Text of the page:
My bandwidth isn't good either (usually max 20K outgoing) but I still manage. Just because you can't spit out files at blazing speed doesn't mean you can't release. Here's how I do it (your mileage may vary). Sorry for being so long-winded - ignore me if you want. LOL
* If your releases are going to be slow, let people know so they can decide whether the wait will be worth it to them. Most people are patient if they're warned ahead of time.
* If it's your own rip, try to make it as efficient as possible. Nobody's going to kick about a 2GB HD rip but a file that size for a 20-minute VHS rip probably won't even be downloaded.
* UNshare everything but your release(s). Keep your queue small - I try not to let it get more than 25 so everyone gets a chance. This doesn't always work - some of your releases may be very popular, or you might be downloading at the same time. Since what you download is automatically shared, it can really slow your releases so you want to take that into account.
* If you're not the original source and there are quite a few other sources, you might want to NOT put it in your share folder if you have other things to release. Your small bandwidth doesn't help distribute a popular file much - use it to share rare files instead.
* Don't release more than you can easily share if you're the only source. You can share several small files or one large one, but trying to share several large files makes ALL of them take much longer to complete.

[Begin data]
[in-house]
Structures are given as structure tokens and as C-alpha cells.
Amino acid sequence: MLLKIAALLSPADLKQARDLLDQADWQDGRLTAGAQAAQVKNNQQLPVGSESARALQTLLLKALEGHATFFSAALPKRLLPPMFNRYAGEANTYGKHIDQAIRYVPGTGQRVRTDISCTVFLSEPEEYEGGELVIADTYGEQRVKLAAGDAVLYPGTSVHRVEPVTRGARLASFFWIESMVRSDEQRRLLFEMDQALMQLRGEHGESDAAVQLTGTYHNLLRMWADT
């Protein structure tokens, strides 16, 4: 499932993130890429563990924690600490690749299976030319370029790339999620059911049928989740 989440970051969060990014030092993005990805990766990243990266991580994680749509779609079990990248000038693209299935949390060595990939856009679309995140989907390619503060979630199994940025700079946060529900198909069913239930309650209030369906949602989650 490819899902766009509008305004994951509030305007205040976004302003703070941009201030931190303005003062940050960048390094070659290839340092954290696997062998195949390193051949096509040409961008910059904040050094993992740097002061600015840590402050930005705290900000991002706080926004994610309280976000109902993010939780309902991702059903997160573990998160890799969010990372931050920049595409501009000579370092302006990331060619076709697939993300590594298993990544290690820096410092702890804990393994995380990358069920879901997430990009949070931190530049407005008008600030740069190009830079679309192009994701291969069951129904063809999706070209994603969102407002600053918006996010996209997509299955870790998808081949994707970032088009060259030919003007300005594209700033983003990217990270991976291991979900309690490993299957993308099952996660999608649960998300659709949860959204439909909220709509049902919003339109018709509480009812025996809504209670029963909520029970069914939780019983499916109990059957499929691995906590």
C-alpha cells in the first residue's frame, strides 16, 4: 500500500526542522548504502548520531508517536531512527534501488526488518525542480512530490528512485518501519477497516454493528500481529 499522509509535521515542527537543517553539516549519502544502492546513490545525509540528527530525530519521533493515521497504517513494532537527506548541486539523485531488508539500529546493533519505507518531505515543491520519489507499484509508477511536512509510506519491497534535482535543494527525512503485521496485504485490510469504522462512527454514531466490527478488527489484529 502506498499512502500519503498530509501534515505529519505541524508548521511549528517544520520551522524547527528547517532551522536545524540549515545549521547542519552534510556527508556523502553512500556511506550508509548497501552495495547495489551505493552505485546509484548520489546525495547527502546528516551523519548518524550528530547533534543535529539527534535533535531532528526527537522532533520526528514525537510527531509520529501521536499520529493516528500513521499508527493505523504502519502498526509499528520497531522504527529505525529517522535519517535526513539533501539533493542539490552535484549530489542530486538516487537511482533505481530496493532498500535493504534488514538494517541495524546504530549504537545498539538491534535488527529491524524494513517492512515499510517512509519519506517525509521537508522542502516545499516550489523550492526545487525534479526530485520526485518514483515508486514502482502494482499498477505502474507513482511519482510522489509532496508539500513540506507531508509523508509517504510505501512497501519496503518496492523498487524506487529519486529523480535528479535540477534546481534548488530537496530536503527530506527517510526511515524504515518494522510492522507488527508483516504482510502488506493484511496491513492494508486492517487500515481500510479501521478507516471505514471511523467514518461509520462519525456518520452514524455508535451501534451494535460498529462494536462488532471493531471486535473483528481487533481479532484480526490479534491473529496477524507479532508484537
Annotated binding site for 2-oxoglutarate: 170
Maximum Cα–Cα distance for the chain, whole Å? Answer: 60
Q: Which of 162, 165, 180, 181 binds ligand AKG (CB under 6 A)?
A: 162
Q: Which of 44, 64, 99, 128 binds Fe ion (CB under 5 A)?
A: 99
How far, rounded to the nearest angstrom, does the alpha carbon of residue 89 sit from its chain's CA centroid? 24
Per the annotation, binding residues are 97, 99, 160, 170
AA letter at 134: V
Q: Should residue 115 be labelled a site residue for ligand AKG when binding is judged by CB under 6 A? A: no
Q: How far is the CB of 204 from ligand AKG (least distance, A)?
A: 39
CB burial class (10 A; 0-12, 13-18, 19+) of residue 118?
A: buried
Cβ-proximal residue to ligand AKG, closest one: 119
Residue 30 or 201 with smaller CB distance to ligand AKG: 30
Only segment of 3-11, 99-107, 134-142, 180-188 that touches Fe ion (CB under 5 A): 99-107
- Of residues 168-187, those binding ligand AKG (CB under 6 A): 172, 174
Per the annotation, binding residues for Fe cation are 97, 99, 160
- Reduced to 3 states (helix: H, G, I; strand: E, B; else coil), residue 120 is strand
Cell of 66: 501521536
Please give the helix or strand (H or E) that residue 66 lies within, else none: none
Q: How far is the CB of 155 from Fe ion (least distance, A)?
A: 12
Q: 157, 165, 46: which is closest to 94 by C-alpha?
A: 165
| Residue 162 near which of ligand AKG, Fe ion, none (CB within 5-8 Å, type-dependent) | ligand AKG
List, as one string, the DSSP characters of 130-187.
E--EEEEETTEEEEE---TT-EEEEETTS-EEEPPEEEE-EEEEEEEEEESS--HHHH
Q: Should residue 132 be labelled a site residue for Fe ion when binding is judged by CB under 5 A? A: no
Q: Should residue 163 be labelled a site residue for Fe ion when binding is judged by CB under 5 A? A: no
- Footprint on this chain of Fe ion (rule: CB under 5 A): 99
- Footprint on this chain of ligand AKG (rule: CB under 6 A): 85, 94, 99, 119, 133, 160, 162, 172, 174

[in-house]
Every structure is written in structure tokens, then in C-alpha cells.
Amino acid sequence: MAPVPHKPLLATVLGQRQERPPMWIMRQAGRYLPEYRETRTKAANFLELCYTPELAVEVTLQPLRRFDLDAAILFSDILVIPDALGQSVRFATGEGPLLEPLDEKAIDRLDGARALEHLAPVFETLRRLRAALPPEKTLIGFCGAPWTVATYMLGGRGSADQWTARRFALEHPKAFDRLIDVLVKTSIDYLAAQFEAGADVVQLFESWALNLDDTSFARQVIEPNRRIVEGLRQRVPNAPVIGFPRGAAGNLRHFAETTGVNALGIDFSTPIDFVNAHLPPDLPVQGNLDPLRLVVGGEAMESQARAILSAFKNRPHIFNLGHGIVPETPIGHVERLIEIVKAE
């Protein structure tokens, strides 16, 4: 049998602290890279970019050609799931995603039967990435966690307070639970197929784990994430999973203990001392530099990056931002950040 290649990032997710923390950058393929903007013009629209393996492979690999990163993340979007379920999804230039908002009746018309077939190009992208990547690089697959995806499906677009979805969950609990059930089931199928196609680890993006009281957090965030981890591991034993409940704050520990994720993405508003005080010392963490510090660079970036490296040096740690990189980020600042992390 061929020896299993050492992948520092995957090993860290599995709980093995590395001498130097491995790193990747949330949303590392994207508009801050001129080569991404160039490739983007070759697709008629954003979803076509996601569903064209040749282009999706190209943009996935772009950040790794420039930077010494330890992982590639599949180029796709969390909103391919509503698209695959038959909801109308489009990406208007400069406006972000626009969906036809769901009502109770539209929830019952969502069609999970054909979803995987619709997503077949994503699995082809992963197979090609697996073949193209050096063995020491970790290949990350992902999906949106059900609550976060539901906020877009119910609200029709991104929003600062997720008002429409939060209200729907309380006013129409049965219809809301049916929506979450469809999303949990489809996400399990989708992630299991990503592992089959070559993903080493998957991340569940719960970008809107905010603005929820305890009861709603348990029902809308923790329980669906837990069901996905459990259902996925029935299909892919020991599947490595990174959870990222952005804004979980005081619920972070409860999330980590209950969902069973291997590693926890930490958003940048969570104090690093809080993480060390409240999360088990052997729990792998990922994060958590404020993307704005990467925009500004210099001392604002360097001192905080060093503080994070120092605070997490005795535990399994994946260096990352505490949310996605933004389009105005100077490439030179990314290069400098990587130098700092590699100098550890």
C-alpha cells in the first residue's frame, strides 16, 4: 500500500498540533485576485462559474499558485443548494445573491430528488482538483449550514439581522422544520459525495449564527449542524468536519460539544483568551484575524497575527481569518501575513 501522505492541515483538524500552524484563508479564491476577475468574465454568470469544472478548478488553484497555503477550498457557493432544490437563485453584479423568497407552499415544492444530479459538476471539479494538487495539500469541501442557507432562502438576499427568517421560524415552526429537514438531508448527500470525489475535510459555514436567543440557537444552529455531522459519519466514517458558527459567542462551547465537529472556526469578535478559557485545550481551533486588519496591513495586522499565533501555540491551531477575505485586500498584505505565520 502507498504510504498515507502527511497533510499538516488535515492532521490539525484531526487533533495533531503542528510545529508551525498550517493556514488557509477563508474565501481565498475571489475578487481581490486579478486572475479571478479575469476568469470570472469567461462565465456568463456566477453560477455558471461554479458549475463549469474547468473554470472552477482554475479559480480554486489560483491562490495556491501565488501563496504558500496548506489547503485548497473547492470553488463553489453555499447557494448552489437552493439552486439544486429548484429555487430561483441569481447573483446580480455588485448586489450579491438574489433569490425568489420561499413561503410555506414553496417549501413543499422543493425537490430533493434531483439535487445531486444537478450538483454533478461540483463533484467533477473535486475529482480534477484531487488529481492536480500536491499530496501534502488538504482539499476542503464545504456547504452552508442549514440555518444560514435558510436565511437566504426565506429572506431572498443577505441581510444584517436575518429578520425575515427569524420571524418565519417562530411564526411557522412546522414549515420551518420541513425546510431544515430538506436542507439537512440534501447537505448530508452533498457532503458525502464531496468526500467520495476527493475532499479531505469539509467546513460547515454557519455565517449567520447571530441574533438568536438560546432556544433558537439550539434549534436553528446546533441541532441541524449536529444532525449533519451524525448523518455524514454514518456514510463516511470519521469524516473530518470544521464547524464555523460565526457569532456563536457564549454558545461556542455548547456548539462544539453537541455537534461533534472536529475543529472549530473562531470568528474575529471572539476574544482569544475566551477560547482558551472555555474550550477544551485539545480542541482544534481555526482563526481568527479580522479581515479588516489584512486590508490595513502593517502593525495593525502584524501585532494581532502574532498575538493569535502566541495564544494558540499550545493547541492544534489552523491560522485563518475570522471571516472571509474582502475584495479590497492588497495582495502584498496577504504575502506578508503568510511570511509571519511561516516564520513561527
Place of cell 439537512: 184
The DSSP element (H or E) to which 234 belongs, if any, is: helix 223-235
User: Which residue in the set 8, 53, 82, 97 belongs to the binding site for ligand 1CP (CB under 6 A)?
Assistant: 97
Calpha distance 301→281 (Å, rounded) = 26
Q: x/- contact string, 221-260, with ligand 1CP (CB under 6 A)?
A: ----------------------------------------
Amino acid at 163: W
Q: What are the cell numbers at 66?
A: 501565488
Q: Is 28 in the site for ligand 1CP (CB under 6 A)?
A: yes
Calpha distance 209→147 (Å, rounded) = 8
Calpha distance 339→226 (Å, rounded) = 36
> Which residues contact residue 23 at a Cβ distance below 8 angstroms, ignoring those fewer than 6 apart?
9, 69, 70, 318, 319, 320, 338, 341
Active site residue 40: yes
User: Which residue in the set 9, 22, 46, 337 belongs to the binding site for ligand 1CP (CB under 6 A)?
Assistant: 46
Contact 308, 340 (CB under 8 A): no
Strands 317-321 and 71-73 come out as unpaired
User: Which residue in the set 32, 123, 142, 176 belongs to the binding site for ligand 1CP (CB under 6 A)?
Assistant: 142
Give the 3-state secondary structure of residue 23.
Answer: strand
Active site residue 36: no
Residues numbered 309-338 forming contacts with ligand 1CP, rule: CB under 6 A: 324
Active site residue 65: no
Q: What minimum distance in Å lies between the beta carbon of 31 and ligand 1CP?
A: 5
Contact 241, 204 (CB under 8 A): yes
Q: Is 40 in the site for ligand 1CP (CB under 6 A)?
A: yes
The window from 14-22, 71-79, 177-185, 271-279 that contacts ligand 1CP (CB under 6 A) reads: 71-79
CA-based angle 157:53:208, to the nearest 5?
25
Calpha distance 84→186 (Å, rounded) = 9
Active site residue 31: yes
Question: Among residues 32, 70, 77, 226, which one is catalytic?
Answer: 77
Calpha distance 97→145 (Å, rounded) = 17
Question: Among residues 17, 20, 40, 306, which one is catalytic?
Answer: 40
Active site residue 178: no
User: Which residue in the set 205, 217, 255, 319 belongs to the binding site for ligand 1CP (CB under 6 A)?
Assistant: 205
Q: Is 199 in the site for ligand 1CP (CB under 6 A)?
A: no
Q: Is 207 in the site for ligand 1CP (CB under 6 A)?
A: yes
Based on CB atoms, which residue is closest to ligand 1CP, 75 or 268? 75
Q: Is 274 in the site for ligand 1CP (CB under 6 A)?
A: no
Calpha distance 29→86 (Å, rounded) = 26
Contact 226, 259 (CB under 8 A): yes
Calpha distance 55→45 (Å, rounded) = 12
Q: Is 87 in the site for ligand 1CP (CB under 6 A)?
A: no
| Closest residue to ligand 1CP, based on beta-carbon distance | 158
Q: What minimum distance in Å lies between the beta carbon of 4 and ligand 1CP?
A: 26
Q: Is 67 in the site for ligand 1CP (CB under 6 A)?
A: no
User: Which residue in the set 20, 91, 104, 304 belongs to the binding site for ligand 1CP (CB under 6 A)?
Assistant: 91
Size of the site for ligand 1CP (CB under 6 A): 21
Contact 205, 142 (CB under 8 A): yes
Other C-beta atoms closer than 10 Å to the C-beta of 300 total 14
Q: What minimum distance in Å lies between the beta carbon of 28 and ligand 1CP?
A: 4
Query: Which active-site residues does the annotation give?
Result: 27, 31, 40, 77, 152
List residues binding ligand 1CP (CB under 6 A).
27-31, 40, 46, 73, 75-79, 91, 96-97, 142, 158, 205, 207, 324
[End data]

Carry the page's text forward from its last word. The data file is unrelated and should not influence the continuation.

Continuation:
* Stagger multiple releases over several days so each gets a decent share of bandwidth. As more people get chunks of the file, they help spread it too.
* To ensure someone
gets your file complete, don't stop sharing a file until you've sent out at least twice the number of bytes in it. If you're anxious to move to your next release, ask on the board if someone else has the whole file.
* Having LowID makes it very difficult to release anything. Fix it if possible.
* Go through the Users queue once in awhile and add people with the [FLM] tag to your friends list. This gives them priority over non-friends. They don't get a "friend" slot automatically, but they can download more than the normal 9+MB at a time. Consider giving an actual "friend" slot to people you've downloaded a lot from. Most eMule distros only allow one friend slot at a time. Others, like MorphXT let you give multiple friend slots, but be aware that they still have to share your limited bandwidth.
* When not releasing, just sharing, go through your share list and UNshare files that have more than 2 or 3 sources. Again, your bandwidth can be better used for rare files. I try to keep my queue less than 75. Almost everything in my share folder has only one source but I still have 700-900 files shared. Even low-bandwidth sharers make a difference.
I make it easy on myself to share/unshare stuff. Besides the incoming folder, I keep everything outgoing in three folders:
When I release something, I put it in the "Releases" folder then un-check the "Shared" folder in eMule's settings. Click Refresh in the shared file list and now all my bandwidth is devoted ONLY to the releases. When I finish the release, I share the "Shared" folder again, move the files from "Releases" to "Shared", and click Refresh again. Doing it this way means only a few files, not hundreds, get moved when I want to release something.
When I want to unshare something I move it to "Unshared" and click Refresh. This makes it easy to reshare when someone asks for a file I have. I don't have everything
I ever downloaded there, but quite a bit. Of course, it helps to have lots of extra hard drive space.